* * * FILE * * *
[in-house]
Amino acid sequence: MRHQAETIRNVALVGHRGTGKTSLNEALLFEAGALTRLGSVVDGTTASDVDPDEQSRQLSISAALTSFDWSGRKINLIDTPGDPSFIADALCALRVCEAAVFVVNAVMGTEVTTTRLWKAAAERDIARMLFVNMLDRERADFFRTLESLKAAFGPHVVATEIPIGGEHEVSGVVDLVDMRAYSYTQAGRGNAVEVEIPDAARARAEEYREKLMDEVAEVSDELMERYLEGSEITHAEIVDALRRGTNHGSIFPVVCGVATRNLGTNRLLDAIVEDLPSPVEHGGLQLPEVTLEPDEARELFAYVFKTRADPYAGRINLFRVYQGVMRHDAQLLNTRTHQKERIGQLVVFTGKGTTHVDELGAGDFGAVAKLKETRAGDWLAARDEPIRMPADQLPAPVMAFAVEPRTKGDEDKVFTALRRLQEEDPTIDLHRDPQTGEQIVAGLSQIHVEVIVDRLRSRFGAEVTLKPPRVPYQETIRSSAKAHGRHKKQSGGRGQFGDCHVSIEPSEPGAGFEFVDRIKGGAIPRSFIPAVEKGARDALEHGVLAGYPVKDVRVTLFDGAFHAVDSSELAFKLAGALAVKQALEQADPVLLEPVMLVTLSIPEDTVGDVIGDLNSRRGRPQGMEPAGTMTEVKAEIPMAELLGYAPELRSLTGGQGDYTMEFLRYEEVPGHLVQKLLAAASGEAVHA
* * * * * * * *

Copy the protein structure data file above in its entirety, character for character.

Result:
[in-house]
Amino acid sequence: MRHQAETIRNVALVGHRGTGKTSLNEALLFEAGALTRLGSVVDGTTASDVDPDEQSRQLSISAALTSFDWSGRKINLIDTPGDPSFIADALCALRVCEAAVFVVNAVMGTEVTTTRLWKAAAERDIARMLFVNMLDRERADFFRTLESLKAAFGPHVVATEIPIGGEHEVSGVVDLVDMRAYSYTQAGRGNAVEVEIPDAARARAEEYREKLMDEVAEVSDELMERYLEGSEITHAEIVDALRRGTNHGSIFPVVCGVATRNLGTNRLLDAIVEDLPSPVEHGGLQLPEVTLEPDEARELFAYVFKTRADPYAGRINLFRVYQGVMRHDAQLLNTRTHQKERIGQLVVFTGKGTTHVDELGAGDFGAVAKLKETRAGDWLAARDEPIRMPADQLPAPVMAFAVEPRTKGDEDKVFTALRRLQEEDPTIDLHRDPQTGEQIVAGLSQIHVEVIVDRLRSRFGAEVTLKPPRVPYQETIRSSAKAHGRHKKQSGGRGQFGDCHVSIEPSEPGAGFEFVDRIKGGAIPRSFIPAVEKGARDALEHGVLAGYPVKDVRVTLFDGAFHAVDSSELAFKLAGALAVKQALEQADPVLLEPVMLVTLSIPEDTVGDVIGDLNSRRGRPQGMEPAGTMTEVKAEIPMAELLGYAPELRSLTGGQGDYTMEFLRYEEVPGHLVQKLLAAASGEAVHA